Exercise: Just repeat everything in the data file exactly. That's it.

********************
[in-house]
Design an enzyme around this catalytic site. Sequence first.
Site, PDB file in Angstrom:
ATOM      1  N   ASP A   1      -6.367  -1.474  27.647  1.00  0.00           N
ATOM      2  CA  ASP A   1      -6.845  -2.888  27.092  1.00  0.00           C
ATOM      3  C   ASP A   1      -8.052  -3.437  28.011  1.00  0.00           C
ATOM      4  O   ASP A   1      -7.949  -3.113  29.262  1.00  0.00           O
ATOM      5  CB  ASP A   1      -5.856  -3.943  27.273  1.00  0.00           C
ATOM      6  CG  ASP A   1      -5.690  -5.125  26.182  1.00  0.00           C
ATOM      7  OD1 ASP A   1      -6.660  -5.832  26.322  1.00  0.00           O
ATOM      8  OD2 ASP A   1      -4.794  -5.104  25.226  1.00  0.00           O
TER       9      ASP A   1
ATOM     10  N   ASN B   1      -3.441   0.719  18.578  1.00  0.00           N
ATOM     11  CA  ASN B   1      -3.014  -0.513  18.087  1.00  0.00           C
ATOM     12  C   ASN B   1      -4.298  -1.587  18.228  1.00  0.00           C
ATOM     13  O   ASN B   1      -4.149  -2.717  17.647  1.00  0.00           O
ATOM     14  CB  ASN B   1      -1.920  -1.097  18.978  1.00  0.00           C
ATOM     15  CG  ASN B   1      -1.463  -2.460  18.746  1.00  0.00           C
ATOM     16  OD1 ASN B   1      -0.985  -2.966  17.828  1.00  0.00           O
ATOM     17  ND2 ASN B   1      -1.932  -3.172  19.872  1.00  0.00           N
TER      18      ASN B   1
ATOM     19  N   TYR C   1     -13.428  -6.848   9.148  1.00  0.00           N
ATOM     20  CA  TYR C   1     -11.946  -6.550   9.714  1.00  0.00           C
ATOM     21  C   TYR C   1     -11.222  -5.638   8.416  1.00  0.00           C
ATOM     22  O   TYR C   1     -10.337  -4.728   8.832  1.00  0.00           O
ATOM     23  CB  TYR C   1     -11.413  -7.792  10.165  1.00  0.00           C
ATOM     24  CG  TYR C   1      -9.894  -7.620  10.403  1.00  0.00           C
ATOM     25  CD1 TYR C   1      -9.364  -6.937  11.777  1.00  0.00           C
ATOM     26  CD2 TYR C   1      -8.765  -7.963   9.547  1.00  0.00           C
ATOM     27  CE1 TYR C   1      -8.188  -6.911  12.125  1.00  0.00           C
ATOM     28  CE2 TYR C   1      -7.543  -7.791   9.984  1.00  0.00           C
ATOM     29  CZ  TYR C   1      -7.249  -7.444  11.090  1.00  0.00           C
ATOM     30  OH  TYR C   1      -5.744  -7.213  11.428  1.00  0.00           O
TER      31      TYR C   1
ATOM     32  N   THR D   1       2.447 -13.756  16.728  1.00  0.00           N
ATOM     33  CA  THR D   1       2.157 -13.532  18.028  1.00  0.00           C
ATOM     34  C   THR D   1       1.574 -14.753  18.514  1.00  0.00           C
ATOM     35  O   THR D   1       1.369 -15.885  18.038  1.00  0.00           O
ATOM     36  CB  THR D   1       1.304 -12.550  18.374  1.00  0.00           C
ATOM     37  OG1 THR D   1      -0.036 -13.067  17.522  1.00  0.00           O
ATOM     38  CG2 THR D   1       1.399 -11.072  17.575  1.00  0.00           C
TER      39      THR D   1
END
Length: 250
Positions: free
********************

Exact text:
[in-house]
Design an enzyme around this catalytic site. Sequence first.
Site, PDB file in Angstrom:
ATOM      1  N   ASP A   1      -6.367  -1.474  27.647  1.00  0.00           N
ATOM      2  CA  ASP A   1      -6.845  -2.888  27.092  1.00  0.00           C
ATOM      3  C   ASP A   1      -8.052  -3.437  28.011  1.00  0.00           C
ATOM      4  O   ASP A   1      -7.949  -3.113  29.262  1.00  0.00           O
ATOM      5  CB  ASP A   1      -5.856  -3.943  27.273  1.00  0.00           C
ATOM      6  CG  ASP A   1      -5.690  -5.125  26.182  1.00  0.00           C
ATOM      7  OD1 ASP A   1      -6.660  -5.832  26.322  1.00  0.00           O
ATOM      8  OD2 ASP A   1      -4.794  -5.104  25.226  1.00  0.00           O
TER       9      ASP A   1
ATOM     10  N   ASN B   1      -3.441   0.719  18.578  1.00  0.00           N
ATOM     11  CA  ASN B   1      -3.014  -0.513  18.087  1.00  0.00           C
ATOM     12  C   ASN B   1      -4.298  -1.587  18.228  1.00  0.00           C
ATOM     13  O   ASN B   1      -4.149  -2.717  17.647  1.00  0.00           O
ATOM     14  CB  ASN B   1      -1.920  -1.097  18.978  1.00  0.00           C
ATOM     15  CG  ASN B   1      -1.463  -2.460  18.746  1.00  0.00           C
ATOM     16  OD1 ASN B   1      -0.985  -2.966  17.828  1.00  0.00           O
ATOM     17  ND2 ASN B   1      -1.932  -3.172  19.872  1.00  0.00           N
TER      18      ASN B   1
ATOM     19  N   TYR C   1     -13.428  -6.848   9.148  1.00  0.00           N
ATOM     20  CA  TYR C   1     -11.946  -6.550   9.714  1.00  0.00           C
ATOM     21  C   TYR C   1     -11.222  -5.638   8.416  1.00  0.00           C
ATOM     22  O   TYR C   1     -10.337  -4.728   8.832  1.00  0.00           O
ATOM     23  CB  TYR C   1     -11.413  -7.792  10.165  1.00  0.00           C
ATOM     24  CG  TYR C   1      -9.894  -7.620  10.403  1.00  0.00           C
ATOM     25  CD1 TYR C   1      -9.364  -6.937  11.777  1.00  0.00           C
ATOM     26  CD2 TYR C   1      -8.765  -7.963   9.547  1.00  0.00           C
ATOM     27  CE1 TYR C   1      -8.188  -6.911  12.125  1.00  0.00           C
ATOM     28  CE2 TYR C   1      -7.543  -7.791   9.984  1.00  0.00           C
ATOM     29  CZ  TYR C   1      -7.249  -7.444  11.090  1.00  0.00           C
ATOM     30  OH  TYR C   1      -5.744  -7.213  11.428  1.00  0.00           O
TER      31      TYR C   1
ATOM     32  N   THR D   1       2.447 -13.756  16.728  1.00  0.00           N
ATOM     33  CA  THR D   1       2.157 -13.532  18.028  1.00  0.00           C
ATOM     34  C   THR D   1       1.574 -14.753  18.514  1.00  0.00           C
ATOM     35  O   THR D   1       1.369 -15.885  18.038  1.00  0.00           O
ATOM     36  CB  THR D   1       1.304 -12.550  18.374  1.00  0.00           C
ATOM     37  OG1 THR D   1      -0.036 -13.067  17.522  1.00  0.00           O
ATOM     38  CG2 THR D   1       1.399 -11.072  17.575  1.00  0.00           C
TER      39      THR D   1
END
Length: 250
Positions: free